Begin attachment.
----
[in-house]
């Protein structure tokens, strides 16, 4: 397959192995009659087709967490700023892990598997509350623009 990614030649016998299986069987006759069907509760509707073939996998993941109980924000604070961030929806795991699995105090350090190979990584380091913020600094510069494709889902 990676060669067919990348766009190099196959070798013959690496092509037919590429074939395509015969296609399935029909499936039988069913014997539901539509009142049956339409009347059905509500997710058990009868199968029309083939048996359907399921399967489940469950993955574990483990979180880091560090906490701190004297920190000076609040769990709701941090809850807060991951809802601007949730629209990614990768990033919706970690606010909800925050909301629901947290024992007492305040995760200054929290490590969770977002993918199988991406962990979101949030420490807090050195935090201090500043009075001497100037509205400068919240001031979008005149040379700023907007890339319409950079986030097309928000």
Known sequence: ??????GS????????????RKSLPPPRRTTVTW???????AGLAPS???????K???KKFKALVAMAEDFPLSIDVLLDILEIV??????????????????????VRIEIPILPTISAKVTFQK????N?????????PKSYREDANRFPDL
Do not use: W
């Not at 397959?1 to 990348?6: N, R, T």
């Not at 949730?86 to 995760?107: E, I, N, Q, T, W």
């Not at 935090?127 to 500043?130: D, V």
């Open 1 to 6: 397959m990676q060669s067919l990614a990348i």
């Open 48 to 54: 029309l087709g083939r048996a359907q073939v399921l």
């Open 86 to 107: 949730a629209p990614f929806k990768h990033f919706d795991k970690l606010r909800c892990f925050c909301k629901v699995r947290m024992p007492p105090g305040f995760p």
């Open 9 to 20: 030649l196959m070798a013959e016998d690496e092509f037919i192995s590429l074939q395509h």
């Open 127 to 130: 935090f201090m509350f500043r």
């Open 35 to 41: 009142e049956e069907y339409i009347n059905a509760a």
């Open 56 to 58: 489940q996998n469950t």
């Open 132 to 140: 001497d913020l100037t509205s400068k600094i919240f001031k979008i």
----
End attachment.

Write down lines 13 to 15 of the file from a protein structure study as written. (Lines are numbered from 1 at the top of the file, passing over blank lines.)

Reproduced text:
């Open 35 to 41: 009142e049956e069907y339409i009347n059905a509760a």
């Open 56 to 58: 489940q996998n469950t």
């Open 132 to 140: 001497d913020l100037t509205s400068k600094i919240f001031k979008i």